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September 05, 2001 - Image 29

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Publication:
The Michigan Daily, 2001-09-05

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Editorial page desk: 764-0552
www.michigandaily.com

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DUSTIN J.
SEIBERT

Knowing rights essential to avoid
consequences of party backlash

Tok the freshmen:
*our first words
from The Manifesto
So this is the path that you have chosen. Did you think long
and hard before you decided to make this plunge into our
esteemed university? Are you ready to enter our way of
VAre you ready to share our world? Are you ready to play by
rules? Well, college life is a bit more democratic than that,
but understand one thing before we even bother to go any fur-
ther:
Life begins here.
Suspend everything you thought you knew right at the door. If
you are coming in here under the painfully misguided impression
that you are hot shit because you made Principal Kramer's gold
star list for a 3.5 or higher GPA during your junior year, you best
develop a quick understanding for what's in store for you here.
Realize that those high SAT and ACT scores that you managed to
pull off have absolutely no bearing in determining your intelli-
qn ce or your upcoming performance in college, so get over
em FAST! (And if you need help doing so, believe that our
affirmative action troupe will help you right along with that.
many, many times over.) Did you think that you were the bee's
knees when it came to solving some puny mathematical and sci-
entific equations in high school? Does being involved with Acad-
emic Games give you a big head? Our engineering college will
break you down with the quickness ... grown-ass men have been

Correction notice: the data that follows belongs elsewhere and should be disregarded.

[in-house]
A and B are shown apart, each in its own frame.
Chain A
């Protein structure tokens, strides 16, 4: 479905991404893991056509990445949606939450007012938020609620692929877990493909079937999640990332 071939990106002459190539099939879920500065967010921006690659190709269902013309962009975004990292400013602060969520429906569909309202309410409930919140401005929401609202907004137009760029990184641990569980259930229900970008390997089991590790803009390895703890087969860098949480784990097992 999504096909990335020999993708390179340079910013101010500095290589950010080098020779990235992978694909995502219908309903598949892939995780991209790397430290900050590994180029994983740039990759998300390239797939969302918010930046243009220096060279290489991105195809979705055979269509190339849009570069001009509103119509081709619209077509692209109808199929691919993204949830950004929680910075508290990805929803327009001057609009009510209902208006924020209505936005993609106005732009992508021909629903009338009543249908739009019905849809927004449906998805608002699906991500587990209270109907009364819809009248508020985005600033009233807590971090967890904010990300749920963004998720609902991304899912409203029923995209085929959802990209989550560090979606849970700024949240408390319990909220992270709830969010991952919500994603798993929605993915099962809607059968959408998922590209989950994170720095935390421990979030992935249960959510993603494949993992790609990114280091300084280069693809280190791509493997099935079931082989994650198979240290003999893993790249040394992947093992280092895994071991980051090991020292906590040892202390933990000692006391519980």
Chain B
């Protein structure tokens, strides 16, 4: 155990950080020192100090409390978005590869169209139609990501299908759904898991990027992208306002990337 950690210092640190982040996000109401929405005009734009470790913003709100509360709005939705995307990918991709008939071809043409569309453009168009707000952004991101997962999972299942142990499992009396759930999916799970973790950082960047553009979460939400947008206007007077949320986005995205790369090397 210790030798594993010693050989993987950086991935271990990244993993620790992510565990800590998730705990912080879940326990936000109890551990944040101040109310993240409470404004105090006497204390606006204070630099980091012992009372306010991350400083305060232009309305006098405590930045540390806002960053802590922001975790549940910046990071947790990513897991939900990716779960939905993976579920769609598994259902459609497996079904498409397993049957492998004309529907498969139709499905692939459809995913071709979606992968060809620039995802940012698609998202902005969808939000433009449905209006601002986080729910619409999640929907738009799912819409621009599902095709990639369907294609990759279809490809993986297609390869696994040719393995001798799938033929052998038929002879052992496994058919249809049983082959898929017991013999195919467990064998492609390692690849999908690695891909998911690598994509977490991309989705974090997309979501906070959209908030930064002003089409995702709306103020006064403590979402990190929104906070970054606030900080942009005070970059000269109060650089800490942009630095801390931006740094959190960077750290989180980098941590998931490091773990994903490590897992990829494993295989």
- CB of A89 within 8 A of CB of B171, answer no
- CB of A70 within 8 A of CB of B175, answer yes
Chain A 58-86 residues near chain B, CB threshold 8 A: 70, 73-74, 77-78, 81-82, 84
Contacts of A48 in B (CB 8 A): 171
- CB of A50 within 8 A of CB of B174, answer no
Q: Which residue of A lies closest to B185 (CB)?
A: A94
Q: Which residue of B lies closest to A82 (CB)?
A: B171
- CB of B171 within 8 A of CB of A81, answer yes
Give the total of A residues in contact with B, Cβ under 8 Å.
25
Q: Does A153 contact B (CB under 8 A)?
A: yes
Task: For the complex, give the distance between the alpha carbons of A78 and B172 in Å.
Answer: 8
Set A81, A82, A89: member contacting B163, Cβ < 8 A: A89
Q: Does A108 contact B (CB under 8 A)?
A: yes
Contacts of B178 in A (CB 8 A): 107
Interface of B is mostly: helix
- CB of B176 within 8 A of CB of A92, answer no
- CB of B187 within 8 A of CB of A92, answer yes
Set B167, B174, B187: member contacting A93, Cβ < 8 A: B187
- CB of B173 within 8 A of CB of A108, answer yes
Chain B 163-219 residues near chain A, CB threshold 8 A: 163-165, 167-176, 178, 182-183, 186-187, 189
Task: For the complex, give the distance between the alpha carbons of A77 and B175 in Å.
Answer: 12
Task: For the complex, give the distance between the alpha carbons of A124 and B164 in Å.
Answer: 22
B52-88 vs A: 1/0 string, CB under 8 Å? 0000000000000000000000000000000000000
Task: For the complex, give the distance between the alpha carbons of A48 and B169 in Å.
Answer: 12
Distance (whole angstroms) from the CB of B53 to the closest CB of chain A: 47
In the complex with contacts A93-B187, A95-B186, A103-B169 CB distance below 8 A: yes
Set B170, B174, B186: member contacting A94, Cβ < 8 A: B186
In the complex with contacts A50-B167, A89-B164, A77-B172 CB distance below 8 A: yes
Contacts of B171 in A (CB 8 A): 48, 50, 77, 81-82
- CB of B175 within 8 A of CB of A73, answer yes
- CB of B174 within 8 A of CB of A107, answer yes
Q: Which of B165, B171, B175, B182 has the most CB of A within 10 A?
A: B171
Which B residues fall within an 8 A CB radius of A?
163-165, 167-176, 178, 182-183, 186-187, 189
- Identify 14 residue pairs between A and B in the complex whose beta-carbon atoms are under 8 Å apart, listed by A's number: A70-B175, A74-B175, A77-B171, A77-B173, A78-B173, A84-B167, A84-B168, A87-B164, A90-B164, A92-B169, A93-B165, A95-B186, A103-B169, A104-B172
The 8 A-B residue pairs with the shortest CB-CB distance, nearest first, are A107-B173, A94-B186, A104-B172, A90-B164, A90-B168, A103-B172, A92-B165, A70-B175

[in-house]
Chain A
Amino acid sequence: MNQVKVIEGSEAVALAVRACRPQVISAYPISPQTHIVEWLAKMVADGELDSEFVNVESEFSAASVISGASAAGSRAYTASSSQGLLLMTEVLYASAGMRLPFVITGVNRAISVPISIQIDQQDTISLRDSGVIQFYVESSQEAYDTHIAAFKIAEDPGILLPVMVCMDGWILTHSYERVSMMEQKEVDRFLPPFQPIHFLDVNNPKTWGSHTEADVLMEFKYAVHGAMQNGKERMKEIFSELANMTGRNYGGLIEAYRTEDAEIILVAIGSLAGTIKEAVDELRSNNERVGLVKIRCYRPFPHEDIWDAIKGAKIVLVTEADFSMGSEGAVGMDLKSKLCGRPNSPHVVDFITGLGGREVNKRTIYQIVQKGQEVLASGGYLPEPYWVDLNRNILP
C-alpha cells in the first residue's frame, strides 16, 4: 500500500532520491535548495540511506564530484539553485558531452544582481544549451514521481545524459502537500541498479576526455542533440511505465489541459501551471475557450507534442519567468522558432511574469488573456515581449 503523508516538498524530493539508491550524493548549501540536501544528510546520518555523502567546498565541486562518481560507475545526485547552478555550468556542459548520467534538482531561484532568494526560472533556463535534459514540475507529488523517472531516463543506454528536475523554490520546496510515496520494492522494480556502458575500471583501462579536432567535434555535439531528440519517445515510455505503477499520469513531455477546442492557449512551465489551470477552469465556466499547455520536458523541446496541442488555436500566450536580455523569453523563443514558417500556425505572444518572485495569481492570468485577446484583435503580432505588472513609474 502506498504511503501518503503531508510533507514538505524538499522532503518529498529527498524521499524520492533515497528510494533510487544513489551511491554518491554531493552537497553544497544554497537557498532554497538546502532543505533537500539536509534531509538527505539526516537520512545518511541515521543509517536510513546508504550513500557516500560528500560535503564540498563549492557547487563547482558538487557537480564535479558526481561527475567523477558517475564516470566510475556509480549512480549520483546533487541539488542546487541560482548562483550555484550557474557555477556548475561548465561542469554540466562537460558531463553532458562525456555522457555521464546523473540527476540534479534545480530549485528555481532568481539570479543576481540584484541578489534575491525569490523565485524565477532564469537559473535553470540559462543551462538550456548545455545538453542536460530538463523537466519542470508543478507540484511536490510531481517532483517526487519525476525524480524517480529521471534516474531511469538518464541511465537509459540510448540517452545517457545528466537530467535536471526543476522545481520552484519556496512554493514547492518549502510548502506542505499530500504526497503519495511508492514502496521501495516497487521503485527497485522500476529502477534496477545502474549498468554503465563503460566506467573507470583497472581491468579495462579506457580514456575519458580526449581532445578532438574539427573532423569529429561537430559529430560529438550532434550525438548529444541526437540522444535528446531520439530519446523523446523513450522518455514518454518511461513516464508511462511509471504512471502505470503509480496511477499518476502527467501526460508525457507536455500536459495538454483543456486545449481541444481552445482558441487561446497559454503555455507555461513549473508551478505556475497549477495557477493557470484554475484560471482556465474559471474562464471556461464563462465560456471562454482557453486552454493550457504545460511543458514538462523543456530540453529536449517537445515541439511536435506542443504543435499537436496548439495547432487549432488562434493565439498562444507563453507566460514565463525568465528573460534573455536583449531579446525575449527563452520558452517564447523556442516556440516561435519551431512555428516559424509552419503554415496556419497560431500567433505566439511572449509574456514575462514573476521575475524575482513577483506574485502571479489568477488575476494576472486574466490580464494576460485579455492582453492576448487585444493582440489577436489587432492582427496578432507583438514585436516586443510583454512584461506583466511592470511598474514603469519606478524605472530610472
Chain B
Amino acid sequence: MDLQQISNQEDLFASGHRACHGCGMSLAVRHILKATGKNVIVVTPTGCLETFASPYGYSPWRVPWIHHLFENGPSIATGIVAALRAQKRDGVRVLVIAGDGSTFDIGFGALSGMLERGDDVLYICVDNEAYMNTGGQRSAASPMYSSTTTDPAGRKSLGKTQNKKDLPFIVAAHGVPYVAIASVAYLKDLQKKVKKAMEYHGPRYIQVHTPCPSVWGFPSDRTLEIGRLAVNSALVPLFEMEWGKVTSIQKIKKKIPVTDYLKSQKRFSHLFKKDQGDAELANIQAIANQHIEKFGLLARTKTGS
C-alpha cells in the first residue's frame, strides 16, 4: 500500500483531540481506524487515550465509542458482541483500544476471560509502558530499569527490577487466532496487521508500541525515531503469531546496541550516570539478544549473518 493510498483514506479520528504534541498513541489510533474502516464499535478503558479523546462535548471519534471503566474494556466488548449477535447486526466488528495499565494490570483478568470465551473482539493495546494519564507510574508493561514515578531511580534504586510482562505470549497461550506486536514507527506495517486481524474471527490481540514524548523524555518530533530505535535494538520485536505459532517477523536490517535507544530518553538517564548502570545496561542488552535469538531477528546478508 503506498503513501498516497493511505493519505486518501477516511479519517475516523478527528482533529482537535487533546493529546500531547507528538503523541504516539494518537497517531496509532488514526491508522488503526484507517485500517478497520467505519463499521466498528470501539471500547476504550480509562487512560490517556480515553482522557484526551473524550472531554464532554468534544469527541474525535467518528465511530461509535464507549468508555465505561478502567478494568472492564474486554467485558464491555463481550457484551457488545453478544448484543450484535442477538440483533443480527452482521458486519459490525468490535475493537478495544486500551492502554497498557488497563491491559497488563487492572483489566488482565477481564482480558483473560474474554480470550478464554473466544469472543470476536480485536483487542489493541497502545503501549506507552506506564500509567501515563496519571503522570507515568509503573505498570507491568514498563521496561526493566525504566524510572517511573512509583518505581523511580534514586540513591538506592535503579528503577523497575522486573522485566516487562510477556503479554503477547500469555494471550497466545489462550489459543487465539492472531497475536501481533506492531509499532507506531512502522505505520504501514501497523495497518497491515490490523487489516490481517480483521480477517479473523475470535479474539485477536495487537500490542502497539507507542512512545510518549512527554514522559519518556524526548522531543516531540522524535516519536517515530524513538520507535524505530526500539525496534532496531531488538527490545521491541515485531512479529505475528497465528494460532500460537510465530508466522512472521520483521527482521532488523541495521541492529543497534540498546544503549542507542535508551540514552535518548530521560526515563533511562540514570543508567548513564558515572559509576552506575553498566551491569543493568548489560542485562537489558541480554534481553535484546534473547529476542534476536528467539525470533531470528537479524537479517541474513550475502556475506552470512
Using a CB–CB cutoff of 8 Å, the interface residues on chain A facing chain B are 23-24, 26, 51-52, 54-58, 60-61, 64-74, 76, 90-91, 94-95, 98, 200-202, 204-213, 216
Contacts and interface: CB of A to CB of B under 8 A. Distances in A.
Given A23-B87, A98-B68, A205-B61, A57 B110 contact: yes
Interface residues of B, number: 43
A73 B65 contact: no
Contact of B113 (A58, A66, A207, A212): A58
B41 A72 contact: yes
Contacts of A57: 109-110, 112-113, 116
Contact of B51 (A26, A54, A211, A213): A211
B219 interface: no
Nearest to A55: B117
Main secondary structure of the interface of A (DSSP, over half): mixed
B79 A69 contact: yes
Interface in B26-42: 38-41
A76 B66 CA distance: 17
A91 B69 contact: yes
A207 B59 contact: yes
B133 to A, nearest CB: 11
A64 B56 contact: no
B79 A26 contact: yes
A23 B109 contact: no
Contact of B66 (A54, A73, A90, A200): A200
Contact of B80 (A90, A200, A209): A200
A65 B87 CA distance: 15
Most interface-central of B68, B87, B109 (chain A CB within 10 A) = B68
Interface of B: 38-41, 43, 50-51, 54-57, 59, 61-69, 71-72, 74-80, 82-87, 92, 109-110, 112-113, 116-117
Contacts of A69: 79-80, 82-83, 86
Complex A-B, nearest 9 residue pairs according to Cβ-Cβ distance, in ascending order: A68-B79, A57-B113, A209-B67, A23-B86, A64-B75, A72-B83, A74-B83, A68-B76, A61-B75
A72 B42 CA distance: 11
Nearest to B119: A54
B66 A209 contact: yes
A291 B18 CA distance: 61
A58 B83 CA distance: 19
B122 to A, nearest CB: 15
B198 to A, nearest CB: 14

spotted crying on the Bursley-Baits bus following examinations.
Did you think that playing "Twinkle-Twinkle Little Star" on your
volin for your family during Thanksgiving dinner qualified you
*hang with our music school? Know that most of your time will
be spent locked in a small room slaving over the instrument of
your choice. Those guys spend so much time blowing on instru-
ments that you would think that they were vying for positions as
White House interns.
So were you the B.M.O.C., H.N.I.C. or popular chick at your
high school? Did everyone know who you were simply by recog-
nizing your varsity jacket number? Were you the stereotypical
square-jawed small-town jock hero who wouldn't be seen in pub-
lic wearing anything lesser than Abercrombie & Fitch? Wake-up
call, people ... there are more than 30,000 other students that
,uprise the student body, and on that, you are little more than
e split-ends on the pubic hairs as incoming freshmen. It's
gonna take you at least a full school year to earn your stripes, so
unless you have an abnormally phenomenal throwing arm, a
wicked jumpshot crafted by years of streetball, or your name is
Dustin, you don't really exist just yet. Chances are if you were
the truth at your high school sport, then there are a gang of folks
even better at it than you. Keep working on it, and maybe you
can eventually pick up some of Drew Henson's residual groupies.
Trying to get that almighty college ass? Well, being surround-
dby a bunch of horny, sheltered, newly-freed teenagers just
Uing to shed their inhibitions doesn't hurt your chances, but all
I can say is to be careful and selective about who you take home
in an alcoholic haze; I would imagine that it would be awfully
embarrassing to walk in the offices of the University Health Ser-
vice vigorously scratching your crotch with your mother's metal
dinner spatula. Believe me, I don't mean to take the fun out of
gettin' your freak on, but think about how towing a kid on your
back will ruin your chances at gaming that bad honey in your
Cult. Arch. lecture and getting her to do, well, basically what got
you a kid in the first place. And if that doesn't convince you, then
take my word on the fact that there are a rather large number of
students here who don't bathe or shower regularly - you don't
0n to be the one to find that out the hard way in the midst of a
one night stand.
Unless you are planning to be a psych major, the work here
will by no means be a cake walk ... it will require a dedication of
time that many of you have likely never put forth before. Howev-
er, a misconception that lingers about our university is that you
have to come in strictly about the books. This will stress you out
very quickly and make you want to run home to mommy in tears.
You mustn't forget that there is mad fun to be had now that you
are off on your own for the first time, so allow that balance to
omnipresent. This isn't easy at the beginning ... this is one
Smany reasons why freshman year grades tend to be the most
deplorable, so expect that that may be the case with yours, and
don't let midterms/finals/report cards hinder your confidence or